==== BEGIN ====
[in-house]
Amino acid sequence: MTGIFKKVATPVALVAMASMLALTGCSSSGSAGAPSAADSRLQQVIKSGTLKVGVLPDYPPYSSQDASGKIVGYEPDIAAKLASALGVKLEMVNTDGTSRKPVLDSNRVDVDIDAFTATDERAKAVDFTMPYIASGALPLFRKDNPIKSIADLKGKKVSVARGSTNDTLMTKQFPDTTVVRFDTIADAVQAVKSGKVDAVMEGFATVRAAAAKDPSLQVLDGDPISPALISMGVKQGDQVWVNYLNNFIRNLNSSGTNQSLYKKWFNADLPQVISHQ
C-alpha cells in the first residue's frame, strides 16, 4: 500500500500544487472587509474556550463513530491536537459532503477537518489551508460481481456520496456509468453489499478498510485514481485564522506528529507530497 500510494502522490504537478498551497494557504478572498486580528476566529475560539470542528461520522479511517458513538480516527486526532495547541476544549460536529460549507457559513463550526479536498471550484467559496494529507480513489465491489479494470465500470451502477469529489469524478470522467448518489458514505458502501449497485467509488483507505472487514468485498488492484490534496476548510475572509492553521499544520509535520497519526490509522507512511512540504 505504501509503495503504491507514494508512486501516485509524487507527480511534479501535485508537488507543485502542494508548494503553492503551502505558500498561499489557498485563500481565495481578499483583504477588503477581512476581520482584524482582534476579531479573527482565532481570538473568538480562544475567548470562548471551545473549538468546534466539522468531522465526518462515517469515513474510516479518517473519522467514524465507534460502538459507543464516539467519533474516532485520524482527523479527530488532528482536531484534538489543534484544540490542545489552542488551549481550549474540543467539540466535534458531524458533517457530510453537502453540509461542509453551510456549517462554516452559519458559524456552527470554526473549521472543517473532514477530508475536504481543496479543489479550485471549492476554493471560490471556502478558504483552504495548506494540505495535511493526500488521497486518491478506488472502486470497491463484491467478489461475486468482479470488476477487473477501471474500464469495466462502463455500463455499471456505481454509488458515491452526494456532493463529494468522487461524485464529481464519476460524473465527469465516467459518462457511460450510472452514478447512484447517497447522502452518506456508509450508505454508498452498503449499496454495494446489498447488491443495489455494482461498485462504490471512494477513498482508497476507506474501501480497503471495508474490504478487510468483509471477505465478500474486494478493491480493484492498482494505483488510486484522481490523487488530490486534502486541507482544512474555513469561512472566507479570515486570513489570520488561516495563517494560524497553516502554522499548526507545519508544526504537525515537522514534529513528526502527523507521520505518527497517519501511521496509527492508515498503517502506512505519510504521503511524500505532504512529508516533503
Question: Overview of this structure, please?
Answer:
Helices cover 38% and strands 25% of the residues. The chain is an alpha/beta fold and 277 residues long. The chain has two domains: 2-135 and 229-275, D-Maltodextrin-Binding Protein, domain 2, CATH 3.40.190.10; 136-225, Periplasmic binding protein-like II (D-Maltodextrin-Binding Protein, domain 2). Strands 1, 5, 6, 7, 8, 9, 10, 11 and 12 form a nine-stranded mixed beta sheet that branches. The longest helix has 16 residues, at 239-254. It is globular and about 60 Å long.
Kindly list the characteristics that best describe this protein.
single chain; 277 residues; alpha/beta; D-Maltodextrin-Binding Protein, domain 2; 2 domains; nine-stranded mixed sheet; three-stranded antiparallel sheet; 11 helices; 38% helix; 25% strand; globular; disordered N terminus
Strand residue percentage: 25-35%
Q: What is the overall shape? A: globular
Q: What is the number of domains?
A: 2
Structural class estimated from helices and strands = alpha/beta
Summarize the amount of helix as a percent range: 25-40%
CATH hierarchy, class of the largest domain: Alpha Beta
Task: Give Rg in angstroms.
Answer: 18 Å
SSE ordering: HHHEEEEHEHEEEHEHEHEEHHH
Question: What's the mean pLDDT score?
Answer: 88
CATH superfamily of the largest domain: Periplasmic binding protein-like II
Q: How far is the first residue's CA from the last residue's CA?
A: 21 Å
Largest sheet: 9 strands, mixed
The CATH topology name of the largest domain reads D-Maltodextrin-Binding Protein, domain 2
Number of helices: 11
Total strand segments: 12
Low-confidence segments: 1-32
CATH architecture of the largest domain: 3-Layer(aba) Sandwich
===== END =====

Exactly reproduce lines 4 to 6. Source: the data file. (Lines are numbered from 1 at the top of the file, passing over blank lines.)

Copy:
Question: Overview of this structure, please?
Answer:
Helices cover 38% and strands 25% of the residues. The chain is an alpha/beta fold and 277 residues long. The chain has two domains: 2-135 and 229-275, D-Maltodextrin-Binding Protein, domain 2, CATH 3.40.190.10; 136-225, Periplasmic binding protein-like II (D-Maltodextrin-Binding Protein, domain 2). Strands 1, 5, 6, 7, 8, 9, 10, 11 and 12 form a nine-stranded mixed beta sheet that branches. The longest helix has 16 residues, at 239-254. It is globular and about 60 Å long.